(August 1, 2017) Army units in which soldiers attempt suicide are more likely to experience additional attempts from other soldiers, according to a study published in JAMA Psychiatry, a professional journal.
Compared to soldiers in units with no suicide attempts, soldiers in units that have a suicide attempt are 40 percent more likely to try it themselves, the researchers found. If a unit has had five more suicide attempts in the past year, the likelihood of a further attempt is twice as high as those units with no suicide attempts.
“Clusters do occur, and if there is a suicide attempt in an Army unit, there is likely to be another attempt in the unit,” Dr. Robert Ursano, the study’s lead author, told Reuters. Ursano is at the Uniformed Services University of the Health Services in Bethesda, Maryland.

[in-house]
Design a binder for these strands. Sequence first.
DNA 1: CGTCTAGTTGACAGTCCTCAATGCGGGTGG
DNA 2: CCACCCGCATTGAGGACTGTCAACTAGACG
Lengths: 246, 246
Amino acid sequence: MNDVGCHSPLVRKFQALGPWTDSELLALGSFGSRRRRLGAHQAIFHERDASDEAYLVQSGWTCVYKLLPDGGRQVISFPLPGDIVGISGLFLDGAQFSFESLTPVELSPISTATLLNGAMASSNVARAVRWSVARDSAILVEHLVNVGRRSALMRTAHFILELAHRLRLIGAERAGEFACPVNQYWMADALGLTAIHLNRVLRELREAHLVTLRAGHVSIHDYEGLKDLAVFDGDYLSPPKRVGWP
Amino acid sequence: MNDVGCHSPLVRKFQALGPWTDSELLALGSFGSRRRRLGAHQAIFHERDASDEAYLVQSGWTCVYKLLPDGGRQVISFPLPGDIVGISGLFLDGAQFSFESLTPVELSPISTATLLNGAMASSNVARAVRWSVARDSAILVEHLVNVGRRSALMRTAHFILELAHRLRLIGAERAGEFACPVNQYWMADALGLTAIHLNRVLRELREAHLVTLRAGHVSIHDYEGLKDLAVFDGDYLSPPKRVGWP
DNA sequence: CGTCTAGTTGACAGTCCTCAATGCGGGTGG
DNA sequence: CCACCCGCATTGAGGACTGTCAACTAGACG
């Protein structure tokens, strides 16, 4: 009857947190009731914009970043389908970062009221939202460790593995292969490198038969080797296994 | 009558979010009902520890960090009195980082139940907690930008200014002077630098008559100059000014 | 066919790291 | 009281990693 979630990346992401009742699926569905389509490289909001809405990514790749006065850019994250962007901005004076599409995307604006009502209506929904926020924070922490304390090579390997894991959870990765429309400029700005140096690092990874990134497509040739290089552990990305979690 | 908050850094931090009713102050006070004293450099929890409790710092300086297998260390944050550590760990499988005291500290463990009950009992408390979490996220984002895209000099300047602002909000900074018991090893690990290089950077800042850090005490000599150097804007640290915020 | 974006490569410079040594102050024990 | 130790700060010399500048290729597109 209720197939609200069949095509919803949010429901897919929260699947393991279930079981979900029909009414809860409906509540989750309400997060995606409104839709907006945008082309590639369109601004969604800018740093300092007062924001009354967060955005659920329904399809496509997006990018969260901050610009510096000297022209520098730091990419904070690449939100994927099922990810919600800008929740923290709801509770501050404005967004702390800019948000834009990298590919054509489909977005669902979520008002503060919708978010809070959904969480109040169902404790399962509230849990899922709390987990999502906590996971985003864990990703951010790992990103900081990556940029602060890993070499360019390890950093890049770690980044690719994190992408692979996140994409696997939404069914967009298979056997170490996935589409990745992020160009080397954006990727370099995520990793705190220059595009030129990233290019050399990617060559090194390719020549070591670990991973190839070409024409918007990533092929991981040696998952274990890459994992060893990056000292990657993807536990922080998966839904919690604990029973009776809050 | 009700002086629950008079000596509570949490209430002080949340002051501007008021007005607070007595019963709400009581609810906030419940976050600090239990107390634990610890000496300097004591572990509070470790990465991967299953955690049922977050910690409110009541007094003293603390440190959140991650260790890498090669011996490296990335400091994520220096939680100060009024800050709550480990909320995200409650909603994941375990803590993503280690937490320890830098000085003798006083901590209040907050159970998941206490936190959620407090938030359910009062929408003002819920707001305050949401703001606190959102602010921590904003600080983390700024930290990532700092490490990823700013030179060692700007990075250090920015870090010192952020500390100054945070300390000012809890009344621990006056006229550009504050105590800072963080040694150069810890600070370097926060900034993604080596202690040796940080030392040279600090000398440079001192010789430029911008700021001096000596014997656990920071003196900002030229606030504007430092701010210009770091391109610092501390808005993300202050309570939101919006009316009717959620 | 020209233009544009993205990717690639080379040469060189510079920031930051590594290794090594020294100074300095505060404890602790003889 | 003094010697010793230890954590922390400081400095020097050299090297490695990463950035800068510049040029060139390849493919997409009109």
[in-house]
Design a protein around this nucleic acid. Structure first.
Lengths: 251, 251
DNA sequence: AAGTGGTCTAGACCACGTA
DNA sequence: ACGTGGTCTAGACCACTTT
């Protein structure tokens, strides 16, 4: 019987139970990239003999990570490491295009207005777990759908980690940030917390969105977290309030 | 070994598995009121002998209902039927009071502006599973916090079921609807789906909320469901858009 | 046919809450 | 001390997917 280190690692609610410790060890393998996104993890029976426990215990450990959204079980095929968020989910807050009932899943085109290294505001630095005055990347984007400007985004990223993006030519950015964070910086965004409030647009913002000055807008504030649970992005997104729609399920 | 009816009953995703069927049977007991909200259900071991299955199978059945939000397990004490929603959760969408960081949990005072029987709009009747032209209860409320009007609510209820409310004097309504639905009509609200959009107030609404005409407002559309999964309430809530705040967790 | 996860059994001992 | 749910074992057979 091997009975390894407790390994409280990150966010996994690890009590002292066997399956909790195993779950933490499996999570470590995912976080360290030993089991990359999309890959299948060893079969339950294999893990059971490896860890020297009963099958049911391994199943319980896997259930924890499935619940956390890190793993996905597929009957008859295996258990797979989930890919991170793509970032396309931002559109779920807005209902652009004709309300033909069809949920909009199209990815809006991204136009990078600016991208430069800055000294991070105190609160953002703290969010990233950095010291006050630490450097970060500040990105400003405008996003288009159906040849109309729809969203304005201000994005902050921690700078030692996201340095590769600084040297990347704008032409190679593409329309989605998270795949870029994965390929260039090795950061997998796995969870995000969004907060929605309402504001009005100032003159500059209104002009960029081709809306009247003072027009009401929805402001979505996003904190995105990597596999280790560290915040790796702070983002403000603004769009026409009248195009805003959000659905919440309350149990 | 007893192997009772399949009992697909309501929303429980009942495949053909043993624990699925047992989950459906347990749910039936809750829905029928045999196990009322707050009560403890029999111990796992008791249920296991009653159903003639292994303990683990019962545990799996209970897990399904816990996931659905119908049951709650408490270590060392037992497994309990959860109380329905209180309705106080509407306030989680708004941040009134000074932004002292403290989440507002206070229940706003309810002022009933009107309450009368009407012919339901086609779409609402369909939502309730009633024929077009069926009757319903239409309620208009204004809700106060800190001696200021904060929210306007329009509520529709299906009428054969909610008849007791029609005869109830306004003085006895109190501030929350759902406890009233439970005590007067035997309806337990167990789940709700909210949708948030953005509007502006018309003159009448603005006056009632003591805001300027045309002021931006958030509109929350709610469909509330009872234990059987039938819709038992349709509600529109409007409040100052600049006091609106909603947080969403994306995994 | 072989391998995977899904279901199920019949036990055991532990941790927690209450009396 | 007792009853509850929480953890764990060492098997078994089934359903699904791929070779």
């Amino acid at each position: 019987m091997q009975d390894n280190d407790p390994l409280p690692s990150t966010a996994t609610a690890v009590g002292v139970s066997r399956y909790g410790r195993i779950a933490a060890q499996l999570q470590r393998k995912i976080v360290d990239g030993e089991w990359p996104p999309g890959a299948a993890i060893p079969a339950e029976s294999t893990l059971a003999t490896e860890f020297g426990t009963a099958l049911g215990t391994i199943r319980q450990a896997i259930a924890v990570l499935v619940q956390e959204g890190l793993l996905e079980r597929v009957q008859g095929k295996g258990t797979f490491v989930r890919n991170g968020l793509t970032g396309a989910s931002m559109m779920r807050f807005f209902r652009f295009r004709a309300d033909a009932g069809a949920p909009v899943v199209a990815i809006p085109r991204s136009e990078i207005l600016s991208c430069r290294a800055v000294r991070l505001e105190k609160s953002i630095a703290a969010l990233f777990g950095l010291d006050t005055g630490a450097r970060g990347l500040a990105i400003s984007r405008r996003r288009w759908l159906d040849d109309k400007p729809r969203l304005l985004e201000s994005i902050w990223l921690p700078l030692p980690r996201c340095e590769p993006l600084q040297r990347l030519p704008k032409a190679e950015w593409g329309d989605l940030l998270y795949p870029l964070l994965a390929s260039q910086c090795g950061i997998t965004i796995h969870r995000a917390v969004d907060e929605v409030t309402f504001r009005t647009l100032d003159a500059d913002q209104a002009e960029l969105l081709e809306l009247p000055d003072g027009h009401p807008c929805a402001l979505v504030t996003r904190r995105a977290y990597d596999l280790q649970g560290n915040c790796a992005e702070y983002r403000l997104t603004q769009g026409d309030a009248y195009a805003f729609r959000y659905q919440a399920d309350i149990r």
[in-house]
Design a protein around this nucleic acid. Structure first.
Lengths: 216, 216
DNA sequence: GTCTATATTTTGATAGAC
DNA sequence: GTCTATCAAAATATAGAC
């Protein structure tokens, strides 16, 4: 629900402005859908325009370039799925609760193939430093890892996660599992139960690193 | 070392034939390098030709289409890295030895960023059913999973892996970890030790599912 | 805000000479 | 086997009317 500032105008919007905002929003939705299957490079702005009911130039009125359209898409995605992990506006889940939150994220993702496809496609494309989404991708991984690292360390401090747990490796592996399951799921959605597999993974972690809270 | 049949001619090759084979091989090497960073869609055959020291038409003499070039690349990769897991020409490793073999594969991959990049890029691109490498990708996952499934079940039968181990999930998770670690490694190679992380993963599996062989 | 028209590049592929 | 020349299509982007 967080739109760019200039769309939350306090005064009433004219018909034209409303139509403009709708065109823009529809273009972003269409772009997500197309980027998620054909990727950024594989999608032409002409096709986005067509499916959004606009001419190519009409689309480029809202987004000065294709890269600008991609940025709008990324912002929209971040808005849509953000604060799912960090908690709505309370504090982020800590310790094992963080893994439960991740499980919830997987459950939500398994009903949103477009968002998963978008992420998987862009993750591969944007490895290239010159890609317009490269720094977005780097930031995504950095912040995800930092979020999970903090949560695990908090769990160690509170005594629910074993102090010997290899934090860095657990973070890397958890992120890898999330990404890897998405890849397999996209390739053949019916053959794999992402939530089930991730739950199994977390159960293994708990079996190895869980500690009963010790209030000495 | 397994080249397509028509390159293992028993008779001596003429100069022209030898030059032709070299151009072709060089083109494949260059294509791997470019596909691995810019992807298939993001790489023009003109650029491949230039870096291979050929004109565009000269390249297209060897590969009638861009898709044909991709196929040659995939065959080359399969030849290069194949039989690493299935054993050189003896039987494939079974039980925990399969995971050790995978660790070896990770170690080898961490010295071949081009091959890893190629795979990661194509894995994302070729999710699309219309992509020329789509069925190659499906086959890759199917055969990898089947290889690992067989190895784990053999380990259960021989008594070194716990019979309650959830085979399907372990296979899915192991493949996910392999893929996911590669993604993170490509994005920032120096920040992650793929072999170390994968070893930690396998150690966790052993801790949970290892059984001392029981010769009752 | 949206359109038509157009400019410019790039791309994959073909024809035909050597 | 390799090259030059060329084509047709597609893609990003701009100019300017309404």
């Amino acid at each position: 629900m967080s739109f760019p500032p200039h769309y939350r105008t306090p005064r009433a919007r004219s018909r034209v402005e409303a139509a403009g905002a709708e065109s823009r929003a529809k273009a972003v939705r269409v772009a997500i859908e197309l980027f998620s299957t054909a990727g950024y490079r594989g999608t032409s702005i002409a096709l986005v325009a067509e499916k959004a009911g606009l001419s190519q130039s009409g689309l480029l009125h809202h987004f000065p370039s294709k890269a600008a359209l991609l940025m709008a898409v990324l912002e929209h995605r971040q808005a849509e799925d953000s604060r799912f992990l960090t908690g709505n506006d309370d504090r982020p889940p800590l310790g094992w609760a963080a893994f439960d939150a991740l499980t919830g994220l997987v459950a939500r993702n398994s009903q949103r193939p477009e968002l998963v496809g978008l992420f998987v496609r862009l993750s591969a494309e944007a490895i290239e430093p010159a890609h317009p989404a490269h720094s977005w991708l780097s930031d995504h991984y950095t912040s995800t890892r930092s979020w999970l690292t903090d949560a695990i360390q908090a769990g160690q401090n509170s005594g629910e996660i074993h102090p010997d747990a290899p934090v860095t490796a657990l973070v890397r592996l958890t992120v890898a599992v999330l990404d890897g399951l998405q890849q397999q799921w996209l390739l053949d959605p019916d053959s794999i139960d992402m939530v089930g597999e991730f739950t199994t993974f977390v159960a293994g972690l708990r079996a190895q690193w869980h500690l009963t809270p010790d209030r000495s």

He and his colleagues identified more than 9,500 soldiers who had attempted suicide between 2004 and 2009. Most were white men under the age of 29 who were educated, married and had joined the service before turning 21.
Combat experience of the soldiers was not a factor and smaller units had a greater risk. Reasons could be related to stresses on the units, such as a command change or preparing for or returning from a deployment.
Ursano said the results could have significance for civilians.
“These days, it should not be forgotten that people live in groups, communities and families,” he told Reuters.
He said future research could look at the suicide risk from a group perspective rather than that of the individual.